“At MoMA, Frank Lloyd Wright’s work will be in conversation with great modern artists and architects such as Picasso, Mies van der Rohe and Le Corbusier,” said Barry Bergdoll, the Philip Johnson Chief Curator of Architecture and Design at MoMA and professor in the Art History and Archeology Department at Columbia. “This collaboration provides opportunities to reposition Wright as a key figure in the larger development of modern art and architecture, after decades of scholarship that have often emphasized his lone genius and his unique Americanness. A new chapter in appreciating Wright is opened by this new setting for his legacy.”

Linoleum Tile, May Basket. “The Frank Lloyd Wright Foundation Archives (The Museum of Modern Art | Avery Architectural & Fine Arts Library, Columbia University, New York)”
Linoleum Tile, May Basket. “The Frank Lloyd Wright Foundation Archives (The Museum of Modern Art | Avery Architectural & Fine Arts Library, Columbia University, New York)”

As part of a three-institution “Archives Steering Committee,” the Frank Lloyd Wright Foundation will help guide development of the archives and provide interpretive insights on Wright’s work and life. It will continue to preserve and share Wright’s National Historic Landmarks at Taliesin in Wisconsin and Taliesin West in Arizona, including the historic furnishings, memorabilia and artifacts used to interpret both sites, along with large and important collections of art, furniture and artifacts that Wright created and collected over his lifetime.

St. Marks’s in-the-Bowerie model on exhibition at the Art Institute of Chicago. 1930. “The Frank Lloyd Wright Foundation Archives (The Museum of Modern Art | Avery Architectural & Fine Arts Library, Columbia University, New York)”
St. Marks’s in-the-Bowerie model on exhibition at the Art Institute of Chicago. 1930. “The Frank Lloyd Wright Foundation Archives (The Museum of Modern Art | Avery Architectural & Fine Arts Library, Columbia University, New York)”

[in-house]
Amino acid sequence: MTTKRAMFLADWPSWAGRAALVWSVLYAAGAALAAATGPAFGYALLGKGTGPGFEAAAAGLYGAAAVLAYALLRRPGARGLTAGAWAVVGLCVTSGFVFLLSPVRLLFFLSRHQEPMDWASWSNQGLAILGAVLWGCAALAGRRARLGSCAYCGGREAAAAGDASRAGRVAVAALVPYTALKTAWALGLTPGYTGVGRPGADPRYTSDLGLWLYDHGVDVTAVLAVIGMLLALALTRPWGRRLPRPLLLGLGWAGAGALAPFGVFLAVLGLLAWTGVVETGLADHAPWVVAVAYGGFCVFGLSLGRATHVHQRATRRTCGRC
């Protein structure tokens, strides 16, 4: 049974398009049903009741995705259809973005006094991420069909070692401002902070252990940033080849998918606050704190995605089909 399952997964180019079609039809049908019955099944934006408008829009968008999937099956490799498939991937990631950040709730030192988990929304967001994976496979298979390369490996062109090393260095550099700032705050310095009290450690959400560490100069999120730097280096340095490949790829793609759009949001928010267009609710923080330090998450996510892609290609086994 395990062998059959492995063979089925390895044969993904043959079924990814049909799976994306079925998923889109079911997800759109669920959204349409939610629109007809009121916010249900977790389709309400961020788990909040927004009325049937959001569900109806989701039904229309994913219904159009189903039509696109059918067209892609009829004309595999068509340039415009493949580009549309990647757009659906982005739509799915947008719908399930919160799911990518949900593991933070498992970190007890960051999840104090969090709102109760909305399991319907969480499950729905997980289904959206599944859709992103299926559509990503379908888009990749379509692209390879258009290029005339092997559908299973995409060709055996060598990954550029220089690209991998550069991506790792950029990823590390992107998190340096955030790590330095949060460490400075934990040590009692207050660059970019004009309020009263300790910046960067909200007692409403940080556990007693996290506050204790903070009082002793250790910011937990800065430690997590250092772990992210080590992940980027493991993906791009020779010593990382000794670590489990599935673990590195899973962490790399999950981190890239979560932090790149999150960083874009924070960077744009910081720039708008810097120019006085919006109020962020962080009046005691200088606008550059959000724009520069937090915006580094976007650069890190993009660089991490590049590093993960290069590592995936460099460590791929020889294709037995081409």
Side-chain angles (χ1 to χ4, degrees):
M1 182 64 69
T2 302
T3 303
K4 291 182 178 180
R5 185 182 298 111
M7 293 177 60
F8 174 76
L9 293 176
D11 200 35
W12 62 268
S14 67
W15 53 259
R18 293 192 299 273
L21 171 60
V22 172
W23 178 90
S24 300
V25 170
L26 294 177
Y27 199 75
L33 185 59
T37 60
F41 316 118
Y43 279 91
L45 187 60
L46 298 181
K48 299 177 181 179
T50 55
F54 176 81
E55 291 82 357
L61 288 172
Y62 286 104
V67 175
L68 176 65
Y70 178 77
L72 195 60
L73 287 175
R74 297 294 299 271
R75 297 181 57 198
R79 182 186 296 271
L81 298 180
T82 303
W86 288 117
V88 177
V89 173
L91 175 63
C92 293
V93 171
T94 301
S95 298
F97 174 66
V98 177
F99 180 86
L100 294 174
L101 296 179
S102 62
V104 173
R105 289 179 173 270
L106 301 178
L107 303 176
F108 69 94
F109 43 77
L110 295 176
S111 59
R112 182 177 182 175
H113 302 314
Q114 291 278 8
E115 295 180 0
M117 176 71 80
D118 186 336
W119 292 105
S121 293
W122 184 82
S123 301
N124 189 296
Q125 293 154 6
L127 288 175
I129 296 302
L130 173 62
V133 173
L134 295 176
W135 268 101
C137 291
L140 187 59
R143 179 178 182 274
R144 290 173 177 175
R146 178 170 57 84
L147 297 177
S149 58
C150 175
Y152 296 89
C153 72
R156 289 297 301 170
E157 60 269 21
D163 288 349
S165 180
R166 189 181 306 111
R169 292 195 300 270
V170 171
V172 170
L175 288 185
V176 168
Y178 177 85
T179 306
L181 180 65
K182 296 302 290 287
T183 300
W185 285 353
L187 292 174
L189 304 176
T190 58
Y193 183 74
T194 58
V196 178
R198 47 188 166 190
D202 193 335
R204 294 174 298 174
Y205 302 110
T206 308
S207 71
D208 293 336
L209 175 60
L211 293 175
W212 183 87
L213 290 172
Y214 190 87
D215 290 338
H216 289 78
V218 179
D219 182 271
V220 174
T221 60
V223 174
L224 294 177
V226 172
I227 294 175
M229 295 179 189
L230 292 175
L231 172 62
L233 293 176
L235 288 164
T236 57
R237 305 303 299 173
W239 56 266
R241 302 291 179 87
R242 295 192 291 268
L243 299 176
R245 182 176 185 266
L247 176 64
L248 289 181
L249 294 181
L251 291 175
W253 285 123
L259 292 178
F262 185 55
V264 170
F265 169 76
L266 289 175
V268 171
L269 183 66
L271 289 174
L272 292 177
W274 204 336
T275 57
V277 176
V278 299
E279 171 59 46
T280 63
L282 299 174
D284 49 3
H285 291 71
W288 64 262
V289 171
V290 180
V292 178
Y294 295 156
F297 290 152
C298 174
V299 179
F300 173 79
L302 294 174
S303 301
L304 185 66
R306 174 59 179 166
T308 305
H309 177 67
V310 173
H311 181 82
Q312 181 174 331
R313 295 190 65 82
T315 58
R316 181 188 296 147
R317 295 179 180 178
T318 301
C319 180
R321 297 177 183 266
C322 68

Wright is considered by many to be one of the 20th century’s most influential architects, a figure whose iconic work helped define modernism. The American Institute of Architects, in a recent national survey, recognized him as “the greatest American architect of all time.” More than one-third of Wright’s buildings are listed on the National Register of Historic Places or are in a National Historic District. Learn more about his work here on ArchDaily: AD Classics: Fallingwater House / Frank Lloyd Wright AD Classics: Willey House / Frank Lloyd Wright AD Classics: Taliesin West / Frank Lloyd Wright AD Classics: Wingspread / Frank Lloyd Wright  Reference: MoMA

Fallingwater Edgar J. Kaufmann House, Mill Run, PA. 1934-37. “The Frank Lloyd Wright Foundation Archives (The Museum of Modern Art | Avery Architectural & Fine Arts Library, Columbia University, New York)”
Fallingwater Edgar J. Kaufmann House, Mill Run, PA. 1934-37. “The Frank Lloyd Wright Foundation Archives (The Museum of Modern Art | Avery Architectural & Fine Arts Library, Columbia University, New York)”
Cite:Karissa Rosenfield. "Frank Lloyd Wright Archives relocate to New York" 04 Sep 2012. ArchDaily. Accesed . <http://www.archdaily.com/270097/frank-lloyd-wright-archives-relocates-to-new-york/>